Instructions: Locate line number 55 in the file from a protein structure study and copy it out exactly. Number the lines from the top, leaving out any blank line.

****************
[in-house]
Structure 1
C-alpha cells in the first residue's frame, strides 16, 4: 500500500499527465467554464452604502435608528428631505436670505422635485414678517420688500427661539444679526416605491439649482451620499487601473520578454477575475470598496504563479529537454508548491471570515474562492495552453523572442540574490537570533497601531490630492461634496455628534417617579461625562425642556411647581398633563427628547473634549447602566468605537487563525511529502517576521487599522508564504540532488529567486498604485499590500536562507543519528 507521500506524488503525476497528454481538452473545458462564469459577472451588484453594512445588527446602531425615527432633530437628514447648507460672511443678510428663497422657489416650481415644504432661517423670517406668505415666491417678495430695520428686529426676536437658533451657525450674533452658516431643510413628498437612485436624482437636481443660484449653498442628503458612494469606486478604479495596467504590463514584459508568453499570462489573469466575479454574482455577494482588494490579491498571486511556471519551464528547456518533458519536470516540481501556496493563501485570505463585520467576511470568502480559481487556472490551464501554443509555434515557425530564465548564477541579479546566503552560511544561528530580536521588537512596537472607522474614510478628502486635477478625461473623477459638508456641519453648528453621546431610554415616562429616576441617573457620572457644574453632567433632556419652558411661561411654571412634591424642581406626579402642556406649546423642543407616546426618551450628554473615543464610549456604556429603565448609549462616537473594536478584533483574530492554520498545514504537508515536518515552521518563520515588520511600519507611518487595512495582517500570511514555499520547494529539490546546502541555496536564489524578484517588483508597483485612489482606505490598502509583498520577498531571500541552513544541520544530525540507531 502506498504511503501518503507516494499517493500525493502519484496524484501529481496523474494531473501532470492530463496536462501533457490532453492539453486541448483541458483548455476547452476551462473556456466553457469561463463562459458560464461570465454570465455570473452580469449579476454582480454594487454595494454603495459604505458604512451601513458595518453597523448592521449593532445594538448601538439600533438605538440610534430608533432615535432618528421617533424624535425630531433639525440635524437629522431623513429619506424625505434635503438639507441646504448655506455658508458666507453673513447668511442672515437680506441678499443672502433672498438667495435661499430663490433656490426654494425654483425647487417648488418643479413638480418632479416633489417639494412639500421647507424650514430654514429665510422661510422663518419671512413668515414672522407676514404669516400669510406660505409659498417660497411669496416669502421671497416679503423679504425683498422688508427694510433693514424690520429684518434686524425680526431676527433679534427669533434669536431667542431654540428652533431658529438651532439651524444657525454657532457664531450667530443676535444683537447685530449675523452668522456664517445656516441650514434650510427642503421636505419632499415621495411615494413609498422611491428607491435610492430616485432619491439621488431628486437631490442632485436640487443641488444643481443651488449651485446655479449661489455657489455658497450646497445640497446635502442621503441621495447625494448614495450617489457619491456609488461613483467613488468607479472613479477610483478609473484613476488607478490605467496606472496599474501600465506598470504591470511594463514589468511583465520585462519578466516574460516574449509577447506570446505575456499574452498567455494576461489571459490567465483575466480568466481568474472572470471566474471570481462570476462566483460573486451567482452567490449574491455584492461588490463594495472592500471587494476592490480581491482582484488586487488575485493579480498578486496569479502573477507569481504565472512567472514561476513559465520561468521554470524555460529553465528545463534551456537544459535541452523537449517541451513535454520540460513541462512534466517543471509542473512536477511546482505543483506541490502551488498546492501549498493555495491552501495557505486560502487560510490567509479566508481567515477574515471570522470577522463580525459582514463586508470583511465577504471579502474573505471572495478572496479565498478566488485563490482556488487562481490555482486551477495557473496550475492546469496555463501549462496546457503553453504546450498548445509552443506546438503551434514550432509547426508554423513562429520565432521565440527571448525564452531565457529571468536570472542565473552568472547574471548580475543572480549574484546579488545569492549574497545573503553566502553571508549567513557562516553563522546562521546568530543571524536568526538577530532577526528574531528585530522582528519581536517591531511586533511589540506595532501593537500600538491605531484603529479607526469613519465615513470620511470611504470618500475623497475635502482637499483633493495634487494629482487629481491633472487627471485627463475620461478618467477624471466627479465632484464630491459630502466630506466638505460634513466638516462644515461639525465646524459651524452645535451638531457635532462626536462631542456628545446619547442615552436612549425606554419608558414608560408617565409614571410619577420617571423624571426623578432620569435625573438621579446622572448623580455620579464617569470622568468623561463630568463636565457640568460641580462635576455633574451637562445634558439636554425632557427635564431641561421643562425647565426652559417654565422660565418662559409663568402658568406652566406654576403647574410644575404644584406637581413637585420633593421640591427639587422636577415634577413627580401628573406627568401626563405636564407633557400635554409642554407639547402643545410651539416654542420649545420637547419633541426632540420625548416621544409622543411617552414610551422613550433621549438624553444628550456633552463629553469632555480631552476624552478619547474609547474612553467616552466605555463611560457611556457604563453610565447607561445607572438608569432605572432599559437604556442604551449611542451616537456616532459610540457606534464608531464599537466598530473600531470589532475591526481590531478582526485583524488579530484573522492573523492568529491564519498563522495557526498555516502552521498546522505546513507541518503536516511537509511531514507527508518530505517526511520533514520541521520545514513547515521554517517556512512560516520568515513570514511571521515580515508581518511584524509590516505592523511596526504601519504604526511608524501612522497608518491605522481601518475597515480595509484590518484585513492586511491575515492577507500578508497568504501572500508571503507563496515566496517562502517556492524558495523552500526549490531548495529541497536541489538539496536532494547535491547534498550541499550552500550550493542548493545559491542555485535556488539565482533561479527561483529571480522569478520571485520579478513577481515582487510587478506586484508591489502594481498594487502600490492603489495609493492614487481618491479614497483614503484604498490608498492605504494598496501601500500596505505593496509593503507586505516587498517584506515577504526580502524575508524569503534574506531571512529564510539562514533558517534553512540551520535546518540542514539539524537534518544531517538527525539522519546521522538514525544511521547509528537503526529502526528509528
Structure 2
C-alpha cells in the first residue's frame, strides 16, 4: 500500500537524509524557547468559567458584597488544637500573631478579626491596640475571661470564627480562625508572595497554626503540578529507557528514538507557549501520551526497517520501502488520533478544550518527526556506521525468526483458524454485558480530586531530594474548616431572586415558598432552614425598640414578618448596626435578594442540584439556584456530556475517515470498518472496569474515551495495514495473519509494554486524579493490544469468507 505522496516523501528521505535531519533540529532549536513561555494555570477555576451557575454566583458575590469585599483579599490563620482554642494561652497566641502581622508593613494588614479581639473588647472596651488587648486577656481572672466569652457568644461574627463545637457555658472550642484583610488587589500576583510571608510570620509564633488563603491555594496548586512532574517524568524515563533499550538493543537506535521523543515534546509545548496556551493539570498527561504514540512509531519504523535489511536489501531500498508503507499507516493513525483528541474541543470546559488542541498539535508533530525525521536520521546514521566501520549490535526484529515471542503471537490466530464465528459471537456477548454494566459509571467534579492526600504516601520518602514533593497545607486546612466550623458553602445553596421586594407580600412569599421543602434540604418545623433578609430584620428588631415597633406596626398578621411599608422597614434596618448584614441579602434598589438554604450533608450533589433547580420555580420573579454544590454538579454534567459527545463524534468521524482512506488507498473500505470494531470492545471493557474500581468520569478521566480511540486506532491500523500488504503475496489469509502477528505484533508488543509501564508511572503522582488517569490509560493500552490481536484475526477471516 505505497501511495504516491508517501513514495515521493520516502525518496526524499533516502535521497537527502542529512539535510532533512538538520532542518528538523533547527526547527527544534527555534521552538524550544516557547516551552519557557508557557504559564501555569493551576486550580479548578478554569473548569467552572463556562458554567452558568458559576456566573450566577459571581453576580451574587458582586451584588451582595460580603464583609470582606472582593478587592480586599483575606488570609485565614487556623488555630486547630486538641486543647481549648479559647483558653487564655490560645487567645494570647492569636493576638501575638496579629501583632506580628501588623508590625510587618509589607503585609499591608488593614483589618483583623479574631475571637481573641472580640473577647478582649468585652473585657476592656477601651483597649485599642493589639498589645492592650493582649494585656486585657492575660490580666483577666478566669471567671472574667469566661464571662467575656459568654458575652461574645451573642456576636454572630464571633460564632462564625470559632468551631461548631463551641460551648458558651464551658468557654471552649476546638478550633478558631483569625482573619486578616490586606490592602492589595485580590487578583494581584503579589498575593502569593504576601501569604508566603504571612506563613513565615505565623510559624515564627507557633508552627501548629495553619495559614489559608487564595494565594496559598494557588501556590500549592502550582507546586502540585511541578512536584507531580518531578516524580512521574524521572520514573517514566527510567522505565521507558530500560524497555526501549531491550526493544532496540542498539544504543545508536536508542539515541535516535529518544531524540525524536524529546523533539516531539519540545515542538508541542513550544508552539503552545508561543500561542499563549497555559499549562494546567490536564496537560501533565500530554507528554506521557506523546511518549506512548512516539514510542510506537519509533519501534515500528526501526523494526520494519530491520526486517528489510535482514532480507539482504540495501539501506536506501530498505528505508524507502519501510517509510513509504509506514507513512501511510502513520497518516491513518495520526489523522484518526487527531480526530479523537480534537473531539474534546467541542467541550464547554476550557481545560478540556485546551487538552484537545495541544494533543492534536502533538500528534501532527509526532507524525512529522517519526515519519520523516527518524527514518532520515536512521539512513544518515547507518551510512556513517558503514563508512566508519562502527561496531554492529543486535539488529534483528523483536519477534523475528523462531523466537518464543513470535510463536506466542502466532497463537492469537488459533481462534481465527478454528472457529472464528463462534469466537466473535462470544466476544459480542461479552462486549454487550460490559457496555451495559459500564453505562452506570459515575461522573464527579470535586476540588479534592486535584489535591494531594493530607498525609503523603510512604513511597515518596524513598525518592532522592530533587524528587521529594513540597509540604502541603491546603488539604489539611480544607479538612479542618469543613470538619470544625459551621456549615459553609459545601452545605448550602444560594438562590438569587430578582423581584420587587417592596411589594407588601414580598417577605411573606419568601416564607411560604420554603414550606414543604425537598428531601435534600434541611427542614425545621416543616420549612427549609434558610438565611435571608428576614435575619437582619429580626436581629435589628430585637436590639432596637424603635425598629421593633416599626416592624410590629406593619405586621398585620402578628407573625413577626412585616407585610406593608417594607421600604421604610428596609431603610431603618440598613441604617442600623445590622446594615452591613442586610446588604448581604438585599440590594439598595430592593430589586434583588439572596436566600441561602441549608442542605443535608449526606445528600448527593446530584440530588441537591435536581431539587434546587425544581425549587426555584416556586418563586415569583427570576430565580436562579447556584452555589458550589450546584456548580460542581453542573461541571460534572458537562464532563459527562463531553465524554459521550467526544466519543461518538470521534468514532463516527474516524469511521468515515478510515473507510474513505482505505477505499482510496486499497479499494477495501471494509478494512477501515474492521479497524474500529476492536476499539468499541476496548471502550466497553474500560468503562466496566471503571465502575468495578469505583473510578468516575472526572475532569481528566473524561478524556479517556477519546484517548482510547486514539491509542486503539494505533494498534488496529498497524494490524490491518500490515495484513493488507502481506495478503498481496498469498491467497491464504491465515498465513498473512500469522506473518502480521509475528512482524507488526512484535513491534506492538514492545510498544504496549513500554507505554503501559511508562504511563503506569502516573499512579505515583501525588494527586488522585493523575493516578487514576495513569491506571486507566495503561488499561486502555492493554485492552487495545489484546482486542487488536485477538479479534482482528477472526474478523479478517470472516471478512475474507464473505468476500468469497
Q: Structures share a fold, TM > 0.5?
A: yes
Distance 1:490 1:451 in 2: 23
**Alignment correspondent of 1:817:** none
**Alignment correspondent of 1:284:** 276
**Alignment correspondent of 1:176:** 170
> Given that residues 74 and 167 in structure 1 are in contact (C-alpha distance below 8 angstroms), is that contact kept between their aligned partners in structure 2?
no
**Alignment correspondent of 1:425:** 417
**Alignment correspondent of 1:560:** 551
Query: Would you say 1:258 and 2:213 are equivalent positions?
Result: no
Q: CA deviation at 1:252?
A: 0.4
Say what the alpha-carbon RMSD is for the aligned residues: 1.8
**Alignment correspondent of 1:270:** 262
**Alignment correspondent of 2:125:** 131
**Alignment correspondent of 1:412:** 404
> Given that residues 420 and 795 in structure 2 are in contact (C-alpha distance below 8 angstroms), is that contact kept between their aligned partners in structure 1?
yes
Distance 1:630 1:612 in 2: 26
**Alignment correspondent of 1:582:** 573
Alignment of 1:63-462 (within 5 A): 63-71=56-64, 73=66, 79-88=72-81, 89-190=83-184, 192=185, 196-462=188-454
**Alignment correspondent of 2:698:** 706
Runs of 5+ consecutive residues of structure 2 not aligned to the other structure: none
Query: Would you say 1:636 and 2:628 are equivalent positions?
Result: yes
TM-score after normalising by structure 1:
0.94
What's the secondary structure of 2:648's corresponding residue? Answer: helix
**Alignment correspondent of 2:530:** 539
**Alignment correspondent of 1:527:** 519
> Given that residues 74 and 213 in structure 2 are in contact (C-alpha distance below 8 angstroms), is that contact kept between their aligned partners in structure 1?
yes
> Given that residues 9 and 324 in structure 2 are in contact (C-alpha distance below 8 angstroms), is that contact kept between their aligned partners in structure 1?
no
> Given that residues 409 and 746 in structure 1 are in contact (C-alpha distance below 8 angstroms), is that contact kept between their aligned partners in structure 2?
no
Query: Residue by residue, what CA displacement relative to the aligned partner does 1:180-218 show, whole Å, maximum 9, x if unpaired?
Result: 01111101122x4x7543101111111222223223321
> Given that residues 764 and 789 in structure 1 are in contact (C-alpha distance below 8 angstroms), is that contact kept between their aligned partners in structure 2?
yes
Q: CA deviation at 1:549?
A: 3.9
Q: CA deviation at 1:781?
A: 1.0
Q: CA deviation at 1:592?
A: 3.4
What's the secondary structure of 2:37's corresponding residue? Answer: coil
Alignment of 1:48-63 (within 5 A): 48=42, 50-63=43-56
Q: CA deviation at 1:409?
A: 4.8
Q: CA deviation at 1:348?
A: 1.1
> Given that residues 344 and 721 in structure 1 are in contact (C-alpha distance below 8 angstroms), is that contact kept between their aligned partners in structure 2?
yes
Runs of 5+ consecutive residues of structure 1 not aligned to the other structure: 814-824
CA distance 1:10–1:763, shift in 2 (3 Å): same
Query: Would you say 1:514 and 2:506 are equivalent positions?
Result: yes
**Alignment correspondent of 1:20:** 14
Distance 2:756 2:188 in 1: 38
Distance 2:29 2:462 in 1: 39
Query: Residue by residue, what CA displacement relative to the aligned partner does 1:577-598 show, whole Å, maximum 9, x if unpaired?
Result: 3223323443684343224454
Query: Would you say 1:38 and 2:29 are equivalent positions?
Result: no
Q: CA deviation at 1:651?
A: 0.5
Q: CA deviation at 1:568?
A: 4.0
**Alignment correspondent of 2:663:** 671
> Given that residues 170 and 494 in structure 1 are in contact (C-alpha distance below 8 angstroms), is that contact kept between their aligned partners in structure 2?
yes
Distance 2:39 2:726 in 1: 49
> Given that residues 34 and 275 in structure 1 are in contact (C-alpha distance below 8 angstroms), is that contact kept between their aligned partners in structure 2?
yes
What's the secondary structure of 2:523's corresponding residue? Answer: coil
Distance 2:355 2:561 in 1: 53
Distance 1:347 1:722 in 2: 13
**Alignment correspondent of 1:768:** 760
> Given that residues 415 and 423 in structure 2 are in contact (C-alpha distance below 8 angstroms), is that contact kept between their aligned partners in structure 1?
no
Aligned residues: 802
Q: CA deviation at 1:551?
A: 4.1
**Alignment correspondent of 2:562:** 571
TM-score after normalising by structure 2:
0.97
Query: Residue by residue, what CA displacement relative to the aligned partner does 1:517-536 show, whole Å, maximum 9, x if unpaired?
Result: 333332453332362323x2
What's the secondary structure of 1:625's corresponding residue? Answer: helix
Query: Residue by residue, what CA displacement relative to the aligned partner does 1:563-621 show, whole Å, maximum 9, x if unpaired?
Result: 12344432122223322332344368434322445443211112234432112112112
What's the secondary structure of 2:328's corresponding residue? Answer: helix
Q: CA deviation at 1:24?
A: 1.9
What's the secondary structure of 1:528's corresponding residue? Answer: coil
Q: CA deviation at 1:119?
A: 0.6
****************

Alignment of 1:48-63 (within 5 A): 48=42, 50-63=43-56